By Peter Staunton
Before Chelsea played Paris Saint-Germain in the Champions League quarter-finals this week, the PR team of Zlatan Ibrahimovic conducted a hubristic social media campaign on behalf of the PSG forward. "Why would we fear the Special One's team when we have the Only One?," Zlatan's now near-parody of a Twitter account boasted. What followed was an unconvincing showing. The ball would not obey his command.
He laboured for 60 un-coordinated minutes until a hamstring injury put him out of his misery and also out of the second-leg. Another Champions League knockout tie passes without so much as a dent from Ibrahimovic. It's not inconceivable that Chelsea will turn the French over next week at Stamford Bridge and their challenge ends without him.
And then what? He'd be 33 before he has another crack at the Champions League - a prize he described as a "fixation" in his autobiography. Time is against Ibrahimovic - if not to win the Champions League outright - then at least to show his worth in the meaningful stages of the competition.
Watching Zlatan in action is a treat indeed. He is the most entertaining player at work in the world today. Matches are illuminated and turned by him. The goals he scores take the breath away. His bulk and touch forged in majestic union. There is absolutely no doubt he is one of the greatest players of the last decade. He is relentless, daring, dominant and always has been.
Cheerleaders of Zlatan, however, should accept that certain aspects in his body of work simply do not measure up. There have been more indifferent matches than brilliant ones when progress in the knockout stages of the Champions League was on the line.
Where was he when Liverpool put Juventus out in 2005 and Arsenal did similar in 2006? How come he could not inspire Inter to pass the last 16 stage when they were sweeping the board domestically during his time there? How come he was the one sacrificed, twice, when Barcelona needed to beat Inter in 2010? What did he do against Spurs for Milan in 2011?
These were the games in which he was needed most. These were those matches that define a legacy. When I think of Andres Iniesta, for example, the goal against Chelsea in the 2009 semi-final and the goal in 2010 World Cup final come to mind. Those strikes are not necessarily representative of Iniesta's career as a whole but evidence that at least he showed up when it mattered. Try similar for Zlatan.
With seven goals in the knockout rounds of the Champions League since the start of his career, Zlatan is punching under his weight. Don't deny it. The only time he distinguished himself in any of those matches was against Arsenal for Barcelona in 2009 when he scored two. His overall standout Champions League moment, arguably, is four assists against Dinamo Zagreb in the group stage last season. And I say this as a staunch admirer.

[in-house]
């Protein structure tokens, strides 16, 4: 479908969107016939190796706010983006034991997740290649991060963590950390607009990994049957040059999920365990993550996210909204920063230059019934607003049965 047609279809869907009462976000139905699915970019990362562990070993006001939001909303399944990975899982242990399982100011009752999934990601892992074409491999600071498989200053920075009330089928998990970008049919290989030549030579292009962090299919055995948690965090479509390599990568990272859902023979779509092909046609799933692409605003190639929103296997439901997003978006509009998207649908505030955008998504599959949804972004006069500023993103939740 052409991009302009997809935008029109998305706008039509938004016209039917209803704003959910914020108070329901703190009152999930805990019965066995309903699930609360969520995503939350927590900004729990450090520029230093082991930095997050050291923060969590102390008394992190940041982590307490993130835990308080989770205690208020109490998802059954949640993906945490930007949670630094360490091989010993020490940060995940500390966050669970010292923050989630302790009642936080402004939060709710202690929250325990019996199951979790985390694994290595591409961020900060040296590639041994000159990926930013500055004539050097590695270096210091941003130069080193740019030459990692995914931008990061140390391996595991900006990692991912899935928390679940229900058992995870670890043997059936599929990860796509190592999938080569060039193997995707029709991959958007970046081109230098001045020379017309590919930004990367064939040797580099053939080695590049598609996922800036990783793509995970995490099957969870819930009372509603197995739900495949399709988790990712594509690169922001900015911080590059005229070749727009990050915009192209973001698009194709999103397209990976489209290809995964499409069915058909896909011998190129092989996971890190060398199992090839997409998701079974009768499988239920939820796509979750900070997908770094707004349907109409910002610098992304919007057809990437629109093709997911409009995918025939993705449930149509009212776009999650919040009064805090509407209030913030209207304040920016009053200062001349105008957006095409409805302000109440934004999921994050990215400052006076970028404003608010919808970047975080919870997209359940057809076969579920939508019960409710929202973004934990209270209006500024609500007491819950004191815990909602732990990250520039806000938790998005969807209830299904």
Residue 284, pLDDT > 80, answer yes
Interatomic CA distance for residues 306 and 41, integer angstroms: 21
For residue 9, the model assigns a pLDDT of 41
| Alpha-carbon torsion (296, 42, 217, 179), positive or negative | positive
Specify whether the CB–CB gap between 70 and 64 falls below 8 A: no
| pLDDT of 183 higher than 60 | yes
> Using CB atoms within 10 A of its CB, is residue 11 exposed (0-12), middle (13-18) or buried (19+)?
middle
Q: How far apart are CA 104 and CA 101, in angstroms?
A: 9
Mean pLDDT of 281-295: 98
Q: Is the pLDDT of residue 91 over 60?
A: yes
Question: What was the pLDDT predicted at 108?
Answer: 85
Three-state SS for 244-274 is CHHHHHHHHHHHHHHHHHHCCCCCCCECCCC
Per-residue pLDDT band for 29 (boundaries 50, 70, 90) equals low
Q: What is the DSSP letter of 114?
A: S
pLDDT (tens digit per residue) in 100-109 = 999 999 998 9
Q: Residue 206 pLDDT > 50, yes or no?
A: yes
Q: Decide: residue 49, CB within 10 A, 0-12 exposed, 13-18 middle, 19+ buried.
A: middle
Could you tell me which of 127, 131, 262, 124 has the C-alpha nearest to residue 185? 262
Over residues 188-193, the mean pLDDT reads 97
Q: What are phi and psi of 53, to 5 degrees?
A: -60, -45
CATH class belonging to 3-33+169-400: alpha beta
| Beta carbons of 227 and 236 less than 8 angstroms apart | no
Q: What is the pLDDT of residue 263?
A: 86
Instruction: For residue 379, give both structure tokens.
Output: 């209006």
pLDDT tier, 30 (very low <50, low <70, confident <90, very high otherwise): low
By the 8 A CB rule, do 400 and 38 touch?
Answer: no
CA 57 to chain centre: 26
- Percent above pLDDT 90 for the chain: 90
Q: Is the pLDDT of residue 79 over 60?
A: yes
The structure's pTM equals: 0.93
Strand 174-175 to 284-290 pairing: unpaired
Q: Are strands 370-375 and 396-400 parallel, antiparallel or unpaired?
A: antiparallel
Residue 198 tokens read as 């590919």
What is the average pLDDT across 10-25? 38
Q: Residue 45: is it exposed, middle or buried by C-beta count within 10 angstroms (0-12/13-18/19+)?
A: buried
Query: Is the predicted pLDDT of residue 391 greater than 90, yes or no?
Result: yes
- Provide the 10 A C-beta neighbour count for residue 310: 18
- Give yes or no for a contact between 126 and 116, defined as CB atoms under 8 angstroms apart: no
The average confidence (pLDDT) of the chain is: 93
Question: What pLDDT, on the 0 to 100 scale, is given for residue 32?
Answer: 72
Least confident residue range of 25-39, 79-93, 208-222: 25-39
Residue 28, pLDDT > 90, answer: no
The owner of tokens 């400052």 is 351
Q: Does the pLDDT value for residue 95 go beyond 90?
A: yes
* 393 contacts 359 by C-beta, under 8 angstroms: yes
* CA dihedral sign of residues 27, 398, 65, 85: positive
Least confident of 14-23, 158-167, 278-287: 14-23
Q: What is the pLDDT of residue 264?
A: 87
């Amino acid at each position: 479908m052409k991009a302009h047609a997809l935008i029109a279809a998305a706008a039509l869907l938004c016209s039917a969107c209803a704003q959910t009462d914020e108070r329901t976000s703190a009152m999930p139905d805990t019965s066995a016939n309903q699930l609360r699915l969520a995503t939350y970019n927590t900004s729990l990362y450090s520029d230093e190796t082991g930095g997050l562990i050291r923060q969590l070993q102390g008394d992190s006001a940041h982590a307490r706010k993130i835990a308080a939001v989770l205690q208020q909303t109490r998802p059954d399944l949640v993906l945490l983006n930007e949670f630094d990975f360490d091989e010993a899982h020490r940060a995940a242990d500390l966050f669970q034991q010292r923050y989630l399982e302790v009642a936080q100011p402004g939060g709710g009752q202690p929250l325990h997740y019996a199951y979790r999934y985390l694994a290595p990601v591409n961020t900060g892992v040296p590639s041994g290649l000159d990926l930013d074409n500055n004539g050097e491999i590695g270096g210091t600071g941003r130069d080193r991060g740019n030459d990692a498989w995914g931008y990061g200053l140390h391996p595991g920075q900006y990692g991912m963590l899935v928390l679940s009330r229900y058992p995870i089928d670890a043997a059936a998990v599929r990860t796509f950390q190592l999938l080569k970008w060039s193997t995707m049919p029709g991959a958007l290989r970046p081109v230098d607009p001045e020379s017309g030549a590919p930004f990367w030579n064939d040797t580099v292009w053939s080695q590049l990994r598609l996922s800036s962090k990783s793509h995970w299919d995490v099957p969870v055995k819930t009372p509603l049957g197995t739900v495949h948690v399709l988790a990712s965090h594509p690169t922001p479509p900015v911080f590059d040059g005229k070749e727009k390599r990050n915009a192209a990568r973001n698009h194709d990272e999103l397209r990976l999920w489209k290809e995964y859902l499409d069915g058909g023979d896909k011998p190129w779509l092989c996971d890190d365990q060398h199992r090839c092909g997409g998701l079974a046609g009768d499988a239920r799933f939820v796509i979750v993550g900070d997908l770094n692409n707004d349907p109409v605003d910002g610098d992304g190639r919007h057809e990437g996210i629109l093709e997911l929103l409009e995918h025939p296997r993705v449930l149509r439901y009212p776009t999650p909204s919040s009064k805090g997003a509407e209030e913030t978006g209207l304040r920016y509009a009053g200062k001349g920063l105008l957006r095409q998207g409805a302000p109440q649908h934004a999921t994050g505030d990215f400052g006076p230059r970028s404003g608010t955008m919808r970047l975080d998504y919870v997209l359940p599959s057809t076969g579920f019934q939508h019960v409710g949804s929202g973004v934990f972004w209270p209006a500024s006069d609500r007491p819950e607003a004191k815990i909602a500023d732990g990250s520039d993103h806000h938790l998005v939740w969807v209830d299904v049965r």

Zlatan is having his greatest goalscoring season to date and there is strong evidence to suggest that he is still enjoying his peak years as a footballer. He will throw another league winners medal on the pile at the end of the season. But what does it say about him that he still cannot control these important continental matches like he can on the domestic front? Mentally, is it beyond him to do so? Because it's not for the lack of skill.
Nobody is saying that in order to be a great player you need to win the Champions League; plenty haven't. PSG are, of course, in with a great chance of winning it this season and if they were to do so - or even come close - with Ibrahimovic central to their endeavours then any lingering doubts over his effectiveness would dry up too. But his match against Chelsea did not dispel them.
|Another week, another match-fixing claim
Erik Hagen, a Norwegian defender who represented Zenit St Petersburg from 2005 to 2008 claimed in an explosive interview with VG this week that match-fixing was rife throughout his time in Russian football. He alleged that games involving Zenit in the Uefa Cup as well as the Russian Premier League were fixed.
"We had some crazy series bonuses in Europe - $12,000," Hagen said. "Before the match this player said all of us should give $3,000 of the bonus to the referee. I gave $3,000 dollars of my series bonus to the referee." His other claim was that the last 10 games of Zenit's title-winning season in 2007 were fixed in his team's favour.
Zenit strongly refute the allegations. "We are extremely surprised by Hagen's words," spokesperson Evgeny Gusev said to R-Sport. "We always follow and have always followed the principles of fair play, and we only show what we're worth on the field of play."
Nonetheless, the Russian Football Union has pledged the investigate the claims made by Hagen further.
The spectre of match-fixing still haunts football in Russia. A FIFPro "Black Book" survey in 2012 of over 3,000 players in eastern and central Europe revealed that 43.5 per cent of players in the Russian league were aware of match fixing attempts. Ten per cent claimed they, themselves, had been approached in regard to fixing matches. Russia ranked fourth in a list of most-corrupt leagues behind Kazakhstan, Greece and Bulgaria.
Last July, Russian parliament passed a bill which punishes match fixers with up to seven years in prison and heavy fines as the country attempts to rid itself of its corrupt image ahead of the 2018 World Cup.
Follow Peter Staunton on